BALTIMORE -- If you want to know how the Baltimore Orioles are going to respond to Tuesday’s bean brawl with the Kansas City Royals and the all but certain suspension of Manny Machado, look no further than what happened right after the smoke cleared.
In the first at-bat after Machado and Royals starter Yordano Ventura -- who plunked the O’s slugger in the back with a 99 mph heater -- were tossed, Baltimore cleanup hitter Mark Trumbo crushed a 3-1 sinker from Royals reliever Chien-Ming Wang over the center-field fence. On the very next pitch, Chris Davis sent another one out to center in the Orioles' 9-1 win.
It was the kind of immediately redemptive and completely implausible moment that happens only in underdog sports movies. You know, the ones that are invariably “inspired by real events” and are required by law to star either Kevin Costner or Dennis Quaid.
As if that weren’t enough, Adam Jones led off the following inning by parking one over the wall in left-center. Seriously?
It’s not like long balls are new to these 2016 Orioles. They’ve hit 18 bombs in their past six games and have 87 on the season, most in the majors. But those last three dingers -- especially the one hit by Davis, who had only one in his previous 73 plate appearances -- seemed to send a message to the Royals, not to mention the rest of league. It was something along the lines of: You done messed with the wrong team.
There’s no doubt that Machado will be suspended. There’s no doubt that he deserves to be suspended. There’s also no doubt that, on paper, the Orioles can ill afford to lose him. After all, they’re already missing Gold Glove shortstop J.J. Hardy, All-Star setup man Darren O’Day, starting pitcher Yovani Gallardo and highly capable backup catcher Caleb Joseph. Without Machado -- an MVP candidate even before he slid to short in place of Hardy -- the Orioles are likely looking at a left side of the infield that features Paul Janish and Ryan Flaherty. Good glove men both, but a far cry from Machado and Hardy on both sides of the ball. Surely, the Orioles won’t be able to stay afloat in the AL East.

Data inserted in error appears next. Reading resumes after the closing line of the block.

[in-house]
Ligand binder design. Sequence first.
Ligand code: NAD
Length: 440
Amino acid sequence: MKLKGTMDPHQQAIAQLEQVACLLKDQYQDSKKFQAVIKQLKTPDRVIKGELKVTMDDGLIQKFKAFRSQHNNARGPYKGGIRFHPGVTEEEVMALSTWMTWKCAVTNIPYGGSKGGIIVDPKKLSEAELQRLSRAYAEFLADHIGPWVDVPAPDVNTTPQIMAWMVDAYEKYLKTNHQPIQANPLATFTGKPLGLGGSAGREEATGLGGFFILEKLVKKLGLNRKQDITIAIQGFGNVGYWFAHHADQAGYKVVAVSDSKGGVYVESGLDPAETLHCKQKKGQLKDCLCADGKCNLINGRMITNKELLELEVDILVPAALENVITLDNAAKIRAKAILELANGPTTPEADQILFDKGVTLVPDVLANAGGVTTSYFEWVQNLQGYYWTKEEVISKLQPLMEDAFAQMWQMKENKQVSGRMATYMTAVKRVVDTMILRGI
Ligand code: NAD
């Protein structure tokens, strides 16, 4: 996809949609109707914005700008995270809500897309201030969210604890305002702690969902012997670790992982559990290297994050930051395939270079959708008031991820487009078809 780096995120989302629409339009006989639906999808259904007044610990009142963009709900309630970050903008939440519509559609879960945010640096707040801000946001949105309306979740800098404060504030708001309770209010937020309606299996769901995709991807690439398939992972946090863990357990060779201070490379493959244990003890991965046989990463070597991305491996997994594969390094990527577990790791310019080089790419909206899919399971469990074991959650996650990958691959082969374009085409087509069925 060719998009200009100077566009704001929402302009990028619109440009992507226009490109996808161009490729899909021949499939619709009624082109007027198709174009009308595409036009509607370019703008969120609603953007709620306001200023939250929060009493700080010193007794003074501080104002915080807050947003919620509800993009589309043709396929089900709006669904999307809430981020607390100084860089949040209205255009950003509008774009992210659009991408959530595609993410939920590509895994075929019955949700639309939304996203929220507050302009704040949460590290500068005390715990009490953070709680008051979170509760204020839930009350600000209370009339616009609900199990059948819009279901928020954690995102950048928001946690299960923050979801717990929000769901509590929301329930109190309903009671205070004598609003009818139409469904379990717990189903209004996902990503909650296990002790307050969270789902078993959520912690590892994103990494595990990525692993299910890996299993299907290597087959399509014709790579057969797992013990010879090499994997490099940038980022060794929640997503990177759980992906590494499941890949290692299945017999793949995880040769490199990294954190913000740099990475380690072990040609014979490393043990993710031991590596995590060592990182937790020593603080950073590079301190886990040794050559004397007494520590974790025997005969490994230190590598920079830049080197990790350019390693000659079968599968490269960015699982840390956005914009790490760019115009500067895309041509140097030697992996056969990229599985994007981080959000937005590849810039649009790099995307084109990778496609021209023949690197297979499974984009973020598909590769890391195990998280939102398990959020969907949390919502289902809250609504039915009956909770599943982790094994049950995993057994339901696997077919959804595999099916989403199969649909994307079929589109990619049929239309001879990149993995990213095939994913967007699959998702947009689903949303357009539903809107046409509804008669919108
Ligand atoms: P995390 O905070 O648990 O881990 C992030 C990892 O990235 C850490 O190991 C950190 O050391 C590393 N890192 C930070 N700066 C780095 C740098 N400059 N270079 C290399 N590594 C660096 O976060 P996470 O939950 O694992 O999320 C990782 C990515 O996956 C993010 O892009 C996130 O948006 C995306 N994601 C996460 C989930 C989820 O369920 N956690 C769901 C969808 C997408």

Or will they? That’s the weird thing about Buck Showalter’s Birds. The more everyone counts them out, the more they count themselves in. Take 2014, for example, when the Orioles lost Machado and Matt Wieters to injury and Davis to suspension. Playing without all three of them down the stretch and throughout the playoffs, the team still won 96 games and the AL East title and advanced to the American League Championship Series.
Last season, when people expected them to build off their 2014 success, the Orioles crumbled. This season, with everyone again forecasting failure, they have thrived. They’ll be the first ones to tell you, as many in the clubhouse did during spring training and early in the season, that they prefer to be underdogs. That role suits them better. The whole chip-on-the-shoulder mentality. As cliché as it sounds, "us against the world" seems to work wonders for these Birds.
Don’t believe it? Just listen to what Machado’s teammates had to say after the game.
“That's what you want to see,” Trumbo said of the O’s offensive post-plunk outburst. “There's a lot of emotions going on, and there's a lot of things that can happen. Hopefully you can use it to your advantage -- not the other way around. I think everyone was pretty fired up after that.”
That includes the fans. A boisterous crowd of 28,110 -- nearly double Monday’s gathering -- chanted “Man-ny, Man-ny, Man-ny” throughout the bench-clearing brawl and was amped up for the rest of the night, right up until the very end, when they booed on their way out as the P.A. announcer called Ventura’s name and credited him with the loss.
“It was almost deafening,” Trumbo said of the crowd noise. “They were going nuts. It's a really exciting thing. It's not something you see all the time. But you know what? It happens. I'm sure everyone takes notice.”
Jones sure did.
“I had a great view,” he said. “I’m glad for Manny for defending himself. Screw it -- defend yourself. If somebody’s trying to hurt you maliciously, you go out there and you defend yourself.”
Machado’s teammates did their part as well -- not just when the benches cleared, but also after they filled back up and play resumed.
“I didn’t have much doubt with how they’d respond,” Showalter said of his team’s post-interruption eruption. “I thought we were already having a good game, considering the type of stuff we were facing. I’m very proud of how our guys handle adversity. We’ve been on both sides of it. I think sometimes you show certain things even more when you have some things not go your way. Our guys have been good at that.”
In other words, the Royals might have woken a sleeping giant. Actually, check that. The first-place Orioles, who won for the sixth time in seven games on Tuesday, were already awake. Now, thanks to Ventura, they’re wide awake.
It’s impossible to know right now, but a couple months down the road, we might look back on June 7 as the day the Orioles’ season turned -- for the better.